Watchs SALE All about watches Classical Mechanics | Lecture 1

Classical Mechanics | Lecture 1

(September 26, 2011) Leonard Susskind gives a brief introduction to the mathematics behind physics including the addition and multiplication of vectors as well as velocity and acceleration in terms of particles.

This course is the beginning of a six course sequence that explores the theoretical foundations of modern physics. Topics in the series include classical mechanics, quantum mechanics, theories of relativity, electromagnetism, cosmology, and black holes.

Stanford University

Stanford University

Stanford Continuing Studies

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49 thoughts on “Classical Mechanics | Lecture 1”

  1. محاظرات قيمه بس لو مترجم الى العربيه سيكون افهم

  2. 12:28 I guess {sigma}_n x (t) = {sigma}_n+1 x (t+1)

  3. I’d really love to get into mechanics but I’m worried I’m getting lost I’m going into grade 10 this year.

  4. I wish he would stop paceing up and down he makes me dizzy.

  5. @23:57 sigma(x) = sigma(x+2) iff x is an integer.

  6. @12:28 sigma(t) = sigma(t+1); t<=5, when t>0.

  7. ripperduck says:

    from what i understand, these student's aren't enrolled at stanford. they're people in the area who have an interest in the subject. and don't pay anywhere near as much as conventional students. but susskind isn't treating these lectures differently than any other undergrad class, though i doubt he's taught undergrads for quite some time….

  8. You can download the book series related to this courses by Leonard susskind for free from here

  9. at 19:03, the laws of evolution for die world are categorized by number and TYPE of cycles, e.g. there might be three cycles: one 1-cycle, one two-cycle and one 3-cycle, like his example but there could also be three 2-cycles, so it is more than just the number of cycles – as he hinted.

  10. For those, who are starting this course….. It's very slow and a bit dull, But it's THE best. He won't show you experiments and stuff , but all your common questions and misunderstanding will be addressed in this course. Really it's the best.

  11. Jatt Prime says:

    does anyone know when he goes to cross product?
    I don't understand why we take away the j-component…

  12. 46:00 he almost has a mental breakdown

  13. His forehead wrinkles have their own zip code and prove mgtow.

  14. honestly no says:

    Wow my attention is bad, I'm gonna have to watch this so many times.

  15. Harsh raj says:

    What is like to multiple a vector by a complex number

  16. This guy teaches classical mechanics in one class and can teach string theory in the other, hat's off to you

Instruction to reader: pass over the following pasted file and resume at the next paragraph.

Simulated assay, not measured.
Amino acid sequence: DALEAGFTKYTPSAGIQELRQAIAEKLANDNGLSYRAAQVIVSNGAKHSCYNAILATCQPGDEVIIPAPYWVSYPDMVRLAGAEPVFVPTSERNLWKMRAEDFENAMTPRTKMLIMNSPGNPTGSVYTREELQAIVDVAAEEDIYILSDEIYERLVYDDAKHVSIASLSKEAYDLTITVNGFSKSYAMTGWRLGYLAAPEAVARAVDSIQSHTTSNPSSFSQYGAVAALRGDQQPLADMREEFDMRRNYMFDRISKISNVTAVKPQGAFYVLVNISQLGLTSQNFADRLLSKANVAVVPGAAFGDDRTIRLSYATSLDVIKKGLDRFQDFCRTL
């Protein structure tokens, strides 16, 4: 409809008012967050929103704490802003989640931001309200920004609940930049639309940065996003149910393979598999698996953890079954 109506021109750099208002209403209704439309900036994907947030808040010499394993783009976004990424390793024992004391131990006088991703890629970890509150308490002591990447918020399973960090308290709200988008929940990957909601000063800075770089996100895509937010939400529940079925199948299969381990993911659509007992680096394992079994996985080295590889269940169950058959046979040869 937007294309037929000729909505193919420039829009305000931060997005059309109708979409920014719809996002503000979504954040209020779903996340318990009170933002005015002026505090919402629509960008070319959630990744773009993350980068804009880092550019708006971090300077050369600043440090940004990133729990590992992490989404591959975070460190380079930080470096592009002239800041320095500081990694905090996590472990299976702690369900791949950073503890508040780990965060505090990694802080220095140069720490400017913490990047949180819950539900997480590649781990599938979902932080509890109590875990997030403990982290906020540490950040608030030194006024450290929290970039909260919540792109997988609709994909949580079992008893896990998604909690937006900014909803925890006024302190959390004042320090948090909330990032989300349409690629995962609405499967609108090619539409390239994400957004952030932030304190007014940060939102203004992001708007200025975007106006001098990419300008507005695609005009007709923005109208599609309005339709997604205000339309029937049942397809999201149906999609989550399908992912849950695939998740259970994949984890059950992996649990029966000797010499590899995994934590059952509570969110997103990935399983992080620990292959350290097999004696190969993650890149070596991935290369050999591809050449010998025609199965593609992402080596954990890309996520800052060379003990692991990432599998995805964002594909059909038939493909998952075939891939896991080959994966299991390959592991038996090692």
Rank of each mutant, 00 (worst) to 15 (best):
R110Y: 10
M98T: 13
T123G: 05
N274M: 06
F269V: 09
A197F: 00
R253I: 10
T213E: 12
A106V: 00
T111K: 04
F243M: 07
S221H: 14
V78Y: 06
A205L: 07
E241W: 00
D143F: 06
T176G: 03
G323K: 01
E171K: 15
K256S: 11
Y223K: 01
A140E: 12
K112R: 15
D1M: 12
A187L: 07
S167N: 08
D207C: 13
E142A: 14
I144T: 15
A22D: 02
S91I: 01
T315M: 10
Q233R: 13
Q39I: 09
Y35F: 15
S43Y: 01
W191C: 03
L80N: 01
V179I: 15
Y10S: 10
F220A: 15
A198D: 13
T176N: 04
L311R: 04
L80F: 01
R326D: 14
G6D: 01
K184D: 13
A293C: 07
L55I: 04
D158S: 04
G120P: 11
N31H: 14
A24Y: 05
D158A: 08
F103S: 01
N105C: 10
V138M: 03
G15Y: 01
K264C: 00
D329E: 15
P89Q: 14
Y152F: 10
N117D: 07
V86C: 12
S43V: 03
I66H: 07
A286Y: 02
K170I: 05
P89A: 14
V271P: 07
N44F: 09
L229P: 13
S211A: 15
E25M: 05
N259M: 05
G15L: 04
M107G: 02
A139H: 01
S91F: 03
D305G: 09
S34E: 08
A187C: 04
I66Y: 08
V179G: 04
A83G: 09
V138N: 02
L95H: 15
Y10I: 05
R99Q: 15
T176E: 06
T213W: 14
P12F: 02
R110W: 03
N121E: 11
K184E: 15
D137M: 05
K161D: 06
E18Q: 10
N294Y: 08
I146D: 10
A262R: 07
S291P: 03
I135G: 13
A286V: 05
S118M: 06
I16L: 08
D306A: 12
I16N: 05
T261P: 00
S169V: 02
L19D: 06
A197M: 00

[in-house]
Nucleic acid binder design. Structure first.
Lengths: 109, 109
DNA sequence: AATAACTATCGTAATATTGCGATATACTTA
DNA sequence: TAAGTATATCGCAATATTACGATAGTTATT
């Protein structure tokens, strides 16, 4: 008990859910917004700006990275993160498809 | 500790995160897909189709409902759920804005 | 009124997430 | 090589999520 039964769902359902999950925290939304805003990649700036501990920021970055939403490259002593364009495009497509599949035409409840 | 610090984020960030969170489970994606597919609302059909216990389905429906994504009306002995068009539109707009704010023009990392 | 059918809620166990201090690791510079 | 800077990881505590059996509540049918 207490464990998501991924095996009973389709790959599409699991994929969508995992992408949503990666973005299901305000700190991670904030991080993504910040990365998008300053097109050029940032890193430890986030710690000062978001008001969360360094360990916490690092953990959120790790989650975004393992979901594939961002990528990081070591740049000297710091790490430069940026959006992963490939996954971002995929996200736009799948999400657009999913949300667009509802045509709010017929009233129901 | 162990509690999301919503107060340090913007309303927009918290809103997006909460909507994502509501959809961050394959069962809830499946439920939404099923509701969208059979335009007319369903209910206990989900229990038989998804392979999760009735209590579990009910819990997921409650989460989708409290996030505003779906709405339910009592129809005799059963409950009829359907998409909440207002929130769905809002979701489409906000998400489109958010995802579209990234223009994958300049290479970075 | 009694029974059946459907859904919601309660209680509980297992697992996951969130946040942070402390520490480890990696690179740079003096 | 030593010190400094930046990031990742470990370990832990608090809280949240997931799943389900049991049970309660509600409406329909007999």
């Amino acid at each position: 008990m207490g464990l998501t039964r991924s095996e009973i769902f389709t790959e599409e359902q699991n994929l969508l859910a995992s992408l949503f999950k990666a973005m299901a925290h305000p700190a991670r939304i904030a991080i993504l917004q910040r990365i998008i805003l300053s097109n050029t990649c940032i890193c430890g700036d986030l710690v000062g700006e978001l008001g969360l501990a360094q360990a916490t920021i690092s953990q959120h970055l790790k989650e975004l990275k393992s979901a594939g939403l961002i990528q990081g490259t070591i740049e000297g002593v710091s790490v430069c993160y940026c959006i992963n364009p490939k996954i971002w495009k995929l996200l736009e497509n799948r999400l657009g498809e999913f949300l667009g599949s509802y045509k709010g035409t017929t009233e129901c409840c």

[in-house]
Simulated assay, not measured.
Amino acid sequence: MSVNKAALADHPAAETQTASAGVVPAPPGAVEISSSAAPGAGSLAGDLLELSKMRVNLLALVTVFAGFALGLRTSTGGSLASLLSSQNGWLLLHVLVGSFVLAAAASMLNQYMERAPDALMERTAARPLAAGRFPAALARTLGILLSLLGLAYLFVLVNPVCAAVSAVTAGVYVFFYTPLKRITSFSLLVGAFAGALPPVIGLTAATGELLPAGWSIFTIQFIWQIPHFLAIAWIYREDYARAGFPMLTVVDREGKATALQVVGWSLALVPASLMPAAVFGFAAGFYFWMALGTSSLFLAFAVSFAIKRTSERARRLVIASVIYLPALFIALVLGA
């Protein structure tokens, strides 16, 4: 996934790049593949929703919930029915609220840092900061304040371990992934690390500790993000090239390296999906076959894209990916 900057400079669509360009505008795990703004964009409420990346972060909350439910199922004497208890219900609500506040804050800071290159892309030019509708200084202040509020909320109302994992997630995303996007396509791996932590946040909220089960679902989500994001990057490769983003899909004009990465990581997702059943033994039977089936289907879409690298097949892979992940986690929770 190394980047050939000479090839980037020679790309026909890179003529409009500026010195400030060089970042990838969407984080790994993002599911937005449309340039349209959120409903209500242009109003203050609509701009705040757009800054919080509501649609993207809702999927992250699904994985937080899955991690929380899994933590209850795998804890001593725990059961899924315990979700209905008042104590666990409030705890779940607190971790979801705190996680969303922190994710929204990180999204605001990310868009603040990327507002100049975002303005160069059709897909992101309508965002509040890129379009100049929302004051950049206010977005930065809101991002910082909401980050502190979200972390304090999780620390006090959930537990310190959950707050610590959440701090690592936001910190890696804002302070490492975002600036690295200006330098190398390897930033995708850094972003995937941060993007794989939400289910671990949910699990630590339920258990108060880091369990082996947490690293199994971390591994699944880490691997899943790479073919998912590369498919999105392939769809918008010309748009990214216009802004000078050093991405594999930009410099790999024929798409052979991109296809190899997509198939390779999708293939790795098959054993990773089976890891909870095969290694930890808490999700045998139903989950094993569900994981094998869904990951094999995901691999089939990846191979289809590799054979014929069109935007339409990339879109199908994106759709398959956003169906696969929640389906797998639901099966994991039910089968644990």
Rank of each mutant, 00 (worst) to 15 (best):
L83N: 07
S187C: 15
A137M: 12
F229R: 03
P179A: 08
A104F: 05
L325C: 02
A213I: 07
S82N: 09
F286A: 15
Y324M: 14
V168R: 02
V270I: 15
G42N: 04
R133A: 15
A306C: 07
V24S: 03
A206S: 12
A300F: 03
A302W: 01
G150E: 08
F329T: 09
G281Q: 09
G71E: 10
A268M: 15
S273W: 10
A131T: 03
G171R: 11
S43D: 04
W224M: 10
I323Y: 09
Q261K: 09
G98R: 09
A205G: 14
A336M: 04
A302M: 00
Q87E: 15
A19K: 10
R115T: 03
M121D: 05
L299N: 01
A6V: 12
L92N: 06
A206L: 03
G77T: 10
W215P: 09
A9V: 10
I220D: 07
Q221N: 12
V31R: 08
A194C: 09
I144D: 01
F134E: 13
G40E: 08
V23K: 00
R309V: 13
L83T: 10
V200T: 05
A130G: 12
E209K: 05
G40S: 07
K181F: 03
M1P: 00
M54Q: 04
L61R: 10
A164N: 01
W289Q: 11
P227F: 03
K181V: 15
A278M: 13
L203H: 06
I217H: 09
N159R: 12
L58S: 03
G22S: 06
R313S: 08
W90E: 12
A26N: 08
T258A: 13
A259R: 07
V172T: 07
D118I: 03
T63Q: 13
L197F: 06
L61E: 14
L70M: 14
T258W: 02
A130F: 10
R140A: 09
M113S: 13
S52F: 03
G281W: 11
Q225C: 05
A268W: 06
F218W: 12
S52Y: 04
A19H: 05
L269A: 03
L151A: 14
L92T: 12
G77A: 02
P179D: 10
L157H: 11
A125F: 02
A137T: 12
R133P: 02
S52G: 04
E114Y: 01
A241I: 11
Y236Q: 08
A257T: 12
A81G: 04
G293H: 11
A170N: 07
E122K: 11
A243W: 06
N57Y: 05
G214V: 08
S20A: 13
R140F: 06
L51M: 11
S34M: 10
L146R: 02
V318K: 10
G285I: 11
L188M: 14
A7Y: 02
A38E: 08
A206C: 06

17. He is always extraordinary..he always find the simplest version of explaination!!if anyone don't understand him,he never understand physics.

  18. State of systems
    Conservation of information
    Dot product

  19. Did I hear him wrong or did he say centrifugal acceleration?!

  20. rose rose says:

    ı'm 16 and I dont go to unıversity but I want to learn mechanıcs 1 is this the right class ı dont have any clue?

  21. Is part of Mechanical Engineering?

  22. These lectures have changed my life! Watching this feels nostalgic!

  23. I am M says:

    According to this source, dice was once the plural of die, “but in modern standard English dice is both the singular and the plural: 'throw the dice' could mean a reference to either one or more than one dice.”

  24. May anyone tell me what's the Text Book used in this wonderful lectures

  25. offi offi says:

    Very nice explanation sir

  26. bummel hose says:

    I Dont Understatement the equations for a conserved quantity

  27. Ayush Goel says:

    sir, i want to ask one thing:
    what will be the past of the initial conditions?
    like if we consider the second law of coins then,
    history is:
    HTHTHTHTHTHTHT….. if we start with heads
    what will be the past of the first head?
    what existed before the first head?

    please answer it sir
    thank you

  28. Ayush Goel says:

    thanks alot for free content

  29. [Paraphrased] "There are some things you only want to experience once, like a book. You don't want to read the same thing over and over again. But there are other things, like music, that you'll want to listen to continually because it just feels good. I hope my lectures are like that… (paraphrased)." Why yes, Professor Susskind, your lectures are a treasure to listen to. Stanford for the win. 🙂

  30. thank you the way that tought me thi lesson !!!

  31. kozodoev says:

    Hah, 53:28 – suddenly quantum mechanics.

  32. Jack Smack says:

    who said nazism is dead

  33. I have a question, is this a graduate or undergraduate course?

  34. i relly like this video u smart boi

  35. sadouki nouh says:

    in 16:54 why it doesn't have a conserved quantity ???? someone can help me plz

  36. Dammit, I was doing fine until he started using Calculus.

  37. I want to become a mechanic this help me learn more thank you

  38. Can you believe he used to be a plumber?

  39. What courses do you need in order to understand this lecture?

  40. welovfree says:

    What's the book that this lectures follow?

  41. Samarth Sai says:

    Is it appropriate to follow the theoretical minimum book written by Prof. Leonard himself for completeness with these lectures

  42. Patrick says:

    Ten years old watching this wanted to get into Stanford my whole life

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